Tragedy in Vermont

As many of you have heard, one of our colleagues from Vermont’s DCF was apparently shot and killed Friday, August 7 following the removal of the client’s child. According to Barre City Police Chief Tim Bombardier, social worker Lara Sobel, 48, died from two gunshot wounds as she left the DCF office at Barre City Place shortly before 5:00PM.  The Burlington Free Press reports Lara was a 14-year veteran of DCF in Vermont and is survived by her husband and two daughters. Our thoughts and prayers go out to our fallen sister and her family.

 

An apparent murder like this, allegedly at the hand of a DCF client — and so close to home — reminds us all of the inherent dangers in our work.  The decision to remove a child from their parents’ custody is one we do not take lightly, and one that weighs heavy on our hearts and minds even if we know it is for the best. Any of us who have taken a crying child out of the hands of their mother or father, begging not to be taken their family — even a family that abuses and neglects them — knows this takes a piece of you as well. Social workers anguish over these life-and-death decisions, and only those of us who have ever done this work know what it is really like.

 

That part of the job is hard enough, but we also have to worry about risks like this. We work with families struggling with mental illness, drug abuse, and a myriad of other serious challenges. Yet, parents still love their children. If we believed they didn’t, we wouldn’t do this work. And, unfortunately, some parents’ love for their children comes across as violence towards us — the very people who have made the protection of at-risk children our life’s work.

 

When tragedies like this happen, it shakes all of us to our core. We ask ourselves: “Is this work worth it?  What would my family do if the worst happened?” Lara likely had these same thoughts, yet she continued her work. Like Lara did, we all carry on because we care about protecting kids; because we believe people can get better; because we believe parents want the best for their kids, even if they can’t give the best right now.  

 

In Massachusetts, they say we’ve been “lucky” that only one of our own has been murdered by a client.  Linda Silva was gunned down in a dark parking lot on the Cape — killed by a client against whom she had supported a 51a. That was 1996.  It was 2003 before her killer, Paul DuBois was found, charged, and later convicted of her murder.  If you don’t know Linda’s story, please take a moment to read more about it in the Cape Cod Times.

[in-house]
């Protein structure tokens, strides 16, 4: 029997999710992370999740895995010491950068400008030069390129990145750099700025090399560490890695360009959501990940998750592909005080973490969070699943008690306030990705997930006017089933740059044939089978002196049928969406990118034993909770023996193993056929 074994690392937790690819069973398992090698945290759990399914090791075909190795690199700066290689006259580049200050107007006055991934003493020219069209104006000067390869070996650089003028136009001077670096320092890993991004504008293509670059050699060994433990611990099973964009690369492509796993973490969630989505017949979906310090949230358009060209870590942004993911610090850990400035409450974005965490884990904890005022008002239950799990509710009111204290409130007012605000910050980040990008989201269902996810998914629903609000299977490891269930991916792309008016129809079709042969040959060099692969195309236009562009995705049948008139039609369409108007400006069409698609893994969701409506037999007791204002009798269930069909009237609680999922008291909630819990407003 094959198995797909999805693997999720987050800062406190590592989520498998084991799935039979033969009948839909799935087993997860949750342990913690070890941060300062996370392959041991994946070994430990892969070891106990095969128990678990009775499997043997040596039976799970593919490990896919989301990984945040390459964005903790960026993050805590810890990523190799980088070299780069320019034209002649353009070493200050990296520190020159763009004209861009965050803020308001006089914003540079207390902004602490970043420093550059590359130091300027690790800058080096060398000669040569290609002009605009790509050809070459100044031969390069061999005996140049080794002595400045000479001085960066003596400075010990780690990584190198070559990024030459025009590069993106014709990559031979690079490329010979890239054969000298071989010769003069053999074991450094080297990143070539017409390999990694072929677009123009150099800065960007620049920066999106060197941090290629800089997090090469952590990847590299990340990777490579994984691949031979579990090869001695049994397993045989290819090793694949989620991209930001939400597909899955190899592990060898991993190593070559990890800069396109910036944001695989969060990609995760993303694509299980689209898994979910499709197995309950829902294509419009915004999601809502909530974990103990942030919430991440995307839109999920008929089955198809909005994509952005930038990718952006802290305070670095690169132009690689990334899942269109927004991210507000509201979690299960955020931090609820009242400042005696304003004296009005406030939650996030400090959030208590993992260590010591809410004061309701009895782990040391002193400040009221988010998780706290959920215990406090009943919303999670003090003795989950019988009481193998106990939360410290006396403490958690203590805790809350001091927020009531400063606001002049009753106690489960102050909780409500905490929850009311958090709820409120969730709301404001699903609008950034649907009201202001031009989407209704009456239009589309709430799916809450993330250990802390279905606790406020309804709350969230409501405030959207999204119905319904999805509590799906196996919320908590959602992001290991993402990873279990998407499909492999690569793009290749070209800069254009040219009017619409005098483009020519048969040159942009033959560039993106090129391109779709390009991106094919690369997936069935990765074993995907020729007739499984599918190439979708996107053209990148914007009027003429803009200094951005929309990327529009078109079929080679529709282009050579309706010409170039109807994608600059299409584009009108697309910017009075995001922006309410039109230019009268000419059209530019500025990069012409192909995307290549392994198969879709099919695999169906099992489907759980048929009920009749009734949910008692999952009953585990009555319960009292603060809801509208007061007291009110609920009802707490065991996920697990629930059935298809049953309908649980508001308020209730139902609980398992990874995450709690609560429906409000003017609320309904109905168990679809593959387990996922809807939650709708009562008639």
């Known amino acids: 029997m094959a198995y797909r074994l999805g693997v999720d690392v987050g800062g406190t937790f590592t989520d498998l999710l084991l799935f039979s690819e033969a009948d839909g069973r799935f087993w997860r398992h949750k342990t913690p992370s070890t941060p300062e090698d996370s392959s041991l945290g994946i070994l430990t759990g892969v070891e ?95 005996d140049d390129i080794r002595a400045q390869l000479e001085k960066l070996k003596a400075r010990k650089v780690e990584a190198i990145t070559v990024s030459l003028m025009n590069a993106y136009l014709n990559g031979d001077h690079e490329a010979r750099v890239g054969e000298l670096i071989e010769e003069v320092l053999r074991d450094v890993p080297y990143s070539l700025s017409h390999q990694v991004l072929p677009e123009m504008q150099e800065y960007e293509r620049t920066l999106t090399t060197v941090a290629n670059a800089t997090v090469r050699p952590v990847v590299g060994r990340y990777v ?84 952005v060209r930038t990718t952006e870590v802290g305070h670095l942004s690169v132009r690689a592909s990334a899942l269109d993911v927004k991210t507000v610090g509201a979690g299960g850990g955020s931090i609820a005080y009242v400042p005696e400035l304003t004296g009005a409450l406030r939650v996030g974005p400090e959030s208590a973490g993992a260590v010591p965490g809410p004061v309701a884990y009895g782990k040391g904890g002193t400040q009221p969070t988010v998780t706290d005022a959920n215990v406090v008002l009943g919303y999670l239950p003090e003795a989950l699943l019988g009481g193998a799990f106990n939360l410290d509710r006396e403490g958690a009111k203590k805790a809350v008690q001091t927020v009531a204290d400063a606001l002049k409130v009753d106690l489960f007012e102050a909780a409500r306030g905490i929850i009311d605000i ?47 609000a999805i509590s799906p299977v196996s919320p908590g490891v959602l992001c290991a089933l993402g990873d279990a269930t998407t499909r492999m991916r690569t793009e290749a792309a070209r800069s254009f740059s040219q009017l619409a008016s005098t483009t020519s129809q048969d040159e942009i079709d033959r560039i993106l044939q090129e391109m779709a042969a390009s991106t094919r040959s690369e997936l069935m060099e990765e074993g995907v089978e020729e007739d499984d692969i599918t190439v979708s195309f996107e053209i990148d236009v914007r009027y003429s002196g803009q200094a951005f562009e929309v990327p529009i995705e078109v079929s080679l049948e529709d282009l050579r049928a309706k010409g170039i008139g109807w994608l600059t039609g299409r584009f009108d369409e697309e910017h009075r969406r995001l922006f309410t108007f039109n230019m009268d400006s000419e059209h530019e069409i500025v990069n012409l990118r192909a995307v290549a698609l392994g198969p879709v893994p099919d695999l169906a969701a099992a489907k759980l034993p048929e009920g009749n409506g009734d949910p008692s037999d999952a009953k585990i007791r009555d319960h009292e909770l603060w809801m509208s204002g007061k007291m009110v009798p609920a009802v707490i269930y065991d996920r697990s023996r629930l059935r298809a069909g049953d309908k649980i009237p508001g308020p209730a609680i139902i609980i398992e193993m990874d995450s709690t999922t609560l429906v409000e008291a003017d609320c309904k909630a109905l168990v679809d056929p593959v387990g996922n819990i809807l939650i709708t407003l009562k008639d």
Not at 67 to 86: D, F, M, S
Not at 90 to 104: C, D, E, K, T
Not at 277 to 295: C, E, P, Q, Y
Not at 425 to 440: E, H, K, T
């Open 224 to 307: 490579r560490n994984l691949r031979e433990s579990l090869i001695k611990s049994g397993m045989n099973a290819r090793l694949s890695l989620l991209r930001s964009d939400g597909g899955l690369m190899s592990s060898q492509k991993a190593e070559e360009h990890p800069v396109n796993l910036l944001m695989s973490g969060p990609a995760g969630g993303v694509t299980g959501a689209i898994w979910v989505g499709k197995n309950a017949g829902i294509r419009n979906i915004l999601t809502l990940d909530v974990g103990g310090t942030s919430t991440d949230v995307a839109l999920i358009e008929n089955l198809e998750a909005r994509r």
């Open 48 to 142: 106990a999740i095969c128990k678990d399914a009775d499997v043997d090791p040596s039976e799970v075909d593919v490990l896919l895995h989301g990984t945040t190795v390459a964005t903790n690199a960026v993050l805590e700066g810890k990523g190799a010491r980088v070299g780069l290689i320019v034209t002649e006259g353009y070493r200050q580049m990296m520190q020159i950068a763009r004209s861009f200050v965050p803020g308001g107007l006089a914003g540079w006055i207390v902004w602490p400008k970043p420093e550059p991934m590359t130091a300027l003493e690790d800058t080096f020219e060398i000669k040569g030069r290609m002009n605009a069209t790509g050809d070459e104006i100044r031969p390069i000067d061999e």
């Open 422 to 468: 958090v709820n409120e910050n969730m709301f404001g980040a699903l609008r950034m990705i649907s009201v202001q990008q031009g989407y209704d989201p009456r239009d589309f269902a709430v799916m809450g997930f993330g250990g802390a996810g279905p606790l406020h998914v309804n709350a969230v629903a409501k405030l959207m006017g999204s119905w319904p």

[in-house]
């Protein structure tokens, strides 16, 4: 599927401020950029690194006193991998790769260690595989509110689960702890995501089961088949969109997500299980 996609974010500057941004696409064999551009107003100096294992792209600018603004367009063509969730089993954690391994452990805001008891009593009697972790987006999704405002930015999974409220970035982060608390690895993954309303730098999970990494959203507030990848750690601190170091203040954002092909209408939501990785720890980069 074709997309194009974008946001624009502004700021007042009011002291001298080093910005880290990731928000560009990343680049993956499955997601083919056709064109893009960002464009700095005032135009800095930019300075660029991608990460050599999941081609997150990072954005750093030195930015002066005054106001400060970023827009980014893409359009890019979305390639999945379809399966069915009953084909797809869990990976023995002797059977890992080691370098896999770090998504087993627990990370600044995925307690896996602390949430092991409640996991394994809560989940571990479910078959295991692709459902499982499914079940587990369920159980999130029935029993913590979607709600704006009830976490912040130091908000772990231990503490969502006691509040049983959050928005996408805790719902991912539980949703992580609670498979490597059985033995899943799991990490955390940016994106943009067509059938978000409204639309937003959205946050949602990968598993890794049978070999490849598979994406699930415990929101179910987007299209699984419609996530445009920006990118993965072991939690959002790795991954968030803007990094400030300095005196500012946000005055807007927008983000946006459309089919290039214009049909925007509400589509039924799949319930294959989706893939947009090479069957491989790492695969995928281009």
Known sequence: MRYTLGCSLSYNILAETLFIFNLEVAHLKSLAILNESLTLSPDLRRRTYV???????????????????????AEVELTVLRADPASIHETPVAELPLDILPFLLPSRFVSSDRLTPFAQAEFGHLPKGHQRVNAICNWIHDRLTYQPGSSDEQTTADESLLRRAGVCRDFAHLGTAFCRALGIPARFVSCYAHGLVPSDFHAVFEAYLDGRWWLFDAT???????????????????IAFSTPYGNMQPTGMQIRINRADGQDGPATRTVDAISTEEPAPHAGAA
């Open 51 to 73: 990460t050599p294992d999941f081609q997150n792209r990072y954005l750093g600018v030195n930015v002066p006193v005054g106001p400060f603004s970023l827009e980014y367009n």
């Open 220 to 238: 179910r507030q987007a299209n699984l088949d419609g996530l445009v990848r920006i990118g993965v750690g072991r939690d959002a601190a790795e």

The tragedy in Vermont reminds us of Linda and the countless other dedicated social workers and investigators across the country who have given the ultimate sacrifice while protecting children. The American Public Human Services Association has created a website honor those who have lost their lives in the line of duty. We encourage everyone to visit the site, remember and reflect on the lives our fallen colleagues.

 

We have asked Commissioner Spears to ensure the Department offers appropriate support to front-line staff in the coming weeks, as we all come to grips with this horrific tragedy. We expect EAP services to be available in all offices starting Monday.  

 

For the hundreds of new workers who have begun your work at DCF in the last year and a half:  Know that this job is risky, and can be dangerous at times. No matter what managers or co-workers may label as “just part of the job,” do not think you must risk your own lives in service to the Department. We are not superheroes, after all, and any threat should be treated a real threat.

 

Like our newer colleagues, veteran staff at DCF know that this work is also incredibly rewarding. Seeing children and families thrive because of the guidance, support and protection we offer is why we wake up each day ready to dig in and make a difference. But we cannot hope to keep others safe if we aren’t safe in our own day-to-day work. Be careful and vigilant about your safety — and don’t be afraid to speak up if you have concerns.  

 

As we begin a new week at the Department of Children & Families, please take a moment to think about Lara, Linda and the countless others like them who died while doing the work we all love: helping to protect kids. And do not hesitate to reach out to DCF Safety Committee Chair Adriana Zwick or DCF Chapter President Peter MacKinnon in the coming weeks with your thoughts, concerns or questions.

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